Themes of Island winters
Every season seems to have its theme, its particular weather pattern that gives us the topic when we stand around the water cooler or sit around the dinner table and talk about the weather.
When I first moved to Martha's Vineyard year-round in 1995, my first winter's theme was an abundance of snow, huge amounts. At one point there was so much snow that when I shoveled it to the side of my driveway it logged in at about six feet, one foot higher than my compact car. When I'd cleared enough space for my car, it felt as if I was parking in a snow canyon.
This was also the winter that I began to discover the meaning of community on Martha's Vineyard. One icy morning I skidded into a snow bank on Middle Road in Chilmark. It was February, and Chilmark was empty during the winter. With no cell phone (yes, this was a time before ubiquitous cell phones), I wondered how I'd get out. But it was just a couple of minutes before a kind Chilmark resident driving a small bobcat tractor stopped and proceeded to pull me out of the snow bank.
Two minutes later I was on my way. When I offered payment he waved my offer away and chugged off. I was astonished. I'd come here from a place where people just didn't do those kinds of things. But I learned.
Two or three years ago we had another "huge amounts of snow" season. That was the year that broke the plow while it was being used to clear my driveway - but not before its driver created a six-foot snow mountain, effectively blocking any possibility of getting to my house some 200 feet away.
It was eight o'clock at night. I had just come back from a week off-Island with luggage and a three-legged dog in my car. I would have to tunnel through some drifts to get home. So instead, I called a friend and drove to her house for a cup of tea, which fortified me for the tunneling. Eventually I did get to my home, but without the tea and community I'm not sure when I would have made it.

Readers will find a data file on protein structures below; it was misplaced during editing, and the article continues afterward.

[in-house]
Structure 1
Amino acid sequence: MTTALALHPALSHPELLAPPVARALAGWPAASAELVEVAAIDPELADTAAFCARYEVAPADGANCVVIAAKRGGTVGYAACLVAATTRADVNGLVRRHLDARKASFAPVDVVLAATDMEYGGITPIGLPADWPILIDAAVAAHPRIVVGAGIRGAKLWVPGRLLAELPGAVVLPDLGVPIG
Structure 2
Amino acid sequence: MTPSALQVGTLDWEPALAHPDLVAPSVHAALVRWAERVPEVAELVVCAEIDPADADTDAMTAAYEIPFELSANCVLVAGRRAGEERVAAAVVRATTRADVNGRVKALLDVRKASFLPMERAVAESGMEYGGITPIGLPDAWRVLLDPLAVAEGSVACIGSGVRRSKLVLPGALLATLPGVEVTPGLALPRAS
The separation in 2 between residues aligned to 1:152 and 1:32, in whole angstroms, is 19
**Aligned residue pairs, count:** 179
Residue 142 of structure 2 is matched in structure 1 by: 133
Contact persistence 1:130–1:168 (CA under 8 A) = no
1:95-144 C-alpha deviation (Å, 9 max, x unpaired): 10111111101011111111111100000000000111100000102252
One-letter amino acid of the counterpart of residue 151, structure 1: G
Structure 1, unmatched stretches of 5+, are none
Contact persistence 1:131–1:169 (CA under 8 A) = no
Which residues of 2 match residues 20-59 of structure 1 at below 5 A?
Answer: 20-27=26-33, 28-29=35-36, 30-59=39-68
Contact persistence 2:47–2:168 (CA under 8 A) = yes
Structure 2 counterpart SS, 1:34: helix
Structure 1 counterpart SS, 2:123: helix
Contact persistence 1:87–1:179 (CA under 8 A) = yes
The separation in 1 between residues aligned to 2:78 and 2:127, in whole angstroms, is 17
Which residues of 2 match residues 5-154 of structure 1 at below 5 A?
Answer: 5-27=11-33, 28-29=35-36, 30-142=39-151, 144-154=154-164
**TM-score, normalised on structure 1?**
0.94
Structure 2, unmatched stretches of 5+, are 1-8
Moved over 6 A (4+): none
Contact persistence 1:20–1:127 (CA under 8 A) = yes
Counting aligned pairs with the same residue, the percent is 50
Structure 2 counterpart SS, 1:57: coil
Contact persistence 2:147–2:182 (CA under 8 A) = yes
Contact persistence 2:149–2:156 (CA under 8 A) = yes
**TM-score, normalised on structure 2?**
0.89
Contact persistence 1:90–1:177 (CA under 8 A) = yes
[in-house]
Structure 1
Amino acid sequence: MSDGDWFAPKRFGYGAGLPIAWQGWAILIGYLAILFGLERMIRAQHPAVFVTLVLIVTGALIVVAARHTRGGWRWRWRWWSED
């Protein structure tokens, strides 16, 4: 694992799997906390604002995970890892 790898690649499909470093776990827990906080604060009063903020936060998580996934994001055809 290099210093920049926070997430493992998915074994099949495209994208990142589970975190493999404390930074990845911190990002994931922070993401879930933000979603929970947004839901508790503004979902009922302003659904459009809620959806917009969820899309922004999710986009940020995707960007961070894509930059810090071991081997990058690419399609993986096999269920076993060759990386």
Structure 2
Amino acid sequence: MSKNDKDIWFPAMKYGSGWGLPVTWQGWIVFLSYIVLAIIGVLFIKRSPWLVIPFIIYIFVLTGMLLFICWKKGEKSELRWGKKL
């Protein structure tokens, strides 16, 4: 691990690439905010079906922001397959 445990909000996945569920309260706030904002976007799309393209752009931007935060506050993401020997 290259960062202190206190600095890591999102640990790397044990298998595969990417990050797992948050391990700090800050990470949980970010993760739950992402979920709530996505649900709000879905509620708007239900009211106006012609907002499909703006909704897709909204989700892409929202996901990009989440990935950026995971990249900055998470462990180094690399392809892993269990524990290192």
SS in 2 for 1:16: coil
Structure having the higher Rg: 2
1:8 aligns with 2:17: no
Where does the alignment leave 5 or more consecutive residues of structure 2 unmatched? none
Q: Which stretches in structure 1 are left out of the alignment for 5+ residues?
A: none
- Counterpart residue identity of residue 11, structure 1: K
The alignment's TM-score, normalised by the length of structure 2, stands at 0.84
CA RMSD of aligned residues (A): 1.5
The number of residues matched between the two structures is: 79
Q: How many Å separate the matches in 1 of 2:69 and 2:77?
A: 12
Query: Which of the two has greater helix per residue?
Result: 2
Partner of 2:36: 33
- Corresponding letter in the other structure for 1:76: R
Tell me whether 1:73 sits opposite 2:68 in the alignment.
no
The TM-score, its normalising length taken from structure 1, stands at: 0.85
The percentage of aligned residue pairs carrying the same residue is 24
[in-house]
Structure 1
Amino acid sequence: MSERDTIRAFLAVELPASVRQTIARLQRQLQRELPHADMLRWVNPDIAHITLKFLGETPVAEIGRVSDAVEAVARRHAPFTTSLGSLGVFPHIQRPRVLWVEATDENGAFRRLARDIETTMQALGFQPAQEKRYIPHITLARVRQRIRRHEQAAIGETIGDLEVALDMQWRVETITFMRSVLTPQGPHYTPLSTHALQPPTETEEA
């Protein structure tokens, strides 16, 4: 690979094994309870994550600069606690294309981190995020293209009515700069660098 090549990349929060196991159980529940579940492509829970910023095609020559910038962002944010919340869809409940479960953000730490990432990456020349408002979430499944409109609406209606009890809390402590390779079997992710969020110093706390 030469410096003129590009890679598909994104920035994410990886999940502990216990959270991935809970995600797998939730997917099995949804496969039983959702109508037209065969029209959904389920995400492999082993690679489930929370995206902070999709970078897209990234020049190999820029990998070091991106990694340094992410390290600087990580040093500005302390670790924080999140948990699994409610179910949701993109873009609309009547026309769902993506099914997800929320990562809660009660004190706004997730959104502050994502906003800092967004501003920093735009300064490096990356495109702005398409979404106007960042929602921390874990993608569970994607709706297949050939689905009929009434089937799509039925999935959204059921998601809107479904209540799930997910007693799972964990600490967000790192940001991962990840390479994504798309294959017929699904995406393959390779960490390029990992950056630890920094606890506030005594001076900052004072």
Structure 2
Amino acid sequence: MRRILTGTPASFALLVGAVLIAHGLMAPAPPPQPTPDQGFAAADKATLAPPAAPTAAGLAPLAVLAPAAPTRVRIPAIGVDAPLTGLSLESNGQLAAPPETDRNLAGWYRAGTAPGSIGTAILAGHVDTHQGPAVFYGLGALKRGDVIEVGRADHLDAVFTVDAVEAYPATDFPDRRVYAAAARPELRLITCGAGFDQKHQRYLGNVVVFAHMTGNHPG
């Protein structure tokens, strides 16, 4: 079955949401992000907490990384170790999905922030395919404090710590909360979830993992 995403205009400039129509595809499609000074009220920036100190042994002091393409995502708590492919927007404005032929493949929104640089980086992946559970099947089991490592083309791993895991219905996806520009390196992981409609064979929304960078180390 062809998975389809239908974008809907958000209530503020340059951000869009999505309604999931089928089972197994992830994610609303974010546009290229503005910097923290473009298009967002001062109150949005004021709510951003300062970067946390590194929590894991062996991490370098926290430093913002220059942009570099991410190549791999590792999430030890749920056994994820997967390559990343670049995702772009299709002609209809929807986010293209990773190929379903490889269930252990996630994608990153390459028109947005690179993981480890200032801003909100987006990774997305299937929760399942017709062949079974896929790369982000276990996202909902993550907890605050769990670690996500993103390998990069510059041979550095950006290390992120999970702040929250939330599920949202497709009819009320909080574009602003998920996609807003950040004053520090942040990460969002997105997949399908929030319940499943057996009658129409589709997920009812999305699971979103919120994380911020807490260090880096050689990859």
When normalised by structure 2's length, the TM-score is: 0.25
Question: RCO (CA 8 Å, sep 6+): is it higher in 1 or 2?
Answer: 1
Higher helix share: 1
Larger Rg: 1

The words I'd use for this winter season's theme are "bone-chilling cold." It's the kind of cold that makes you cautious about taking a deep breath, since you'd have to defrost your lungs afterward. After a few minutes in this weather, I have a constant yearning for hot tea, hot chocolate, hot water, thinking it might warm me up. I'm not sure it would do the job when the temperature is 12 degrees (2 degrees with wind chill).
Last week, I joined two women for our annual dinner to celebrate our continuing friendship. The streets of Oak Bluffs were white with that odd coating that appears when it's really, really cold. But talking about the evolution of our lives and our now 13-year connection brought warm feelings and tears to all our eyes. While hot chocolate might not warm you up in this kind of cold weather, friendship will. And I found there's no better place than Martha's Vineyard to warm you up that way.
We're not that far from spring now, even if the groundhog has seen his shadow. And after the winter we've had I am really looking forward to what the spring and summer season theme will be (though I'm not sure I can imagine that "unbelievably hot" or "humid" even exist right now). But in the meantime I'll live out this season's theme - with a little help from my Island friends.
Niki Patton is a freelance writer who lives in West Tisbury.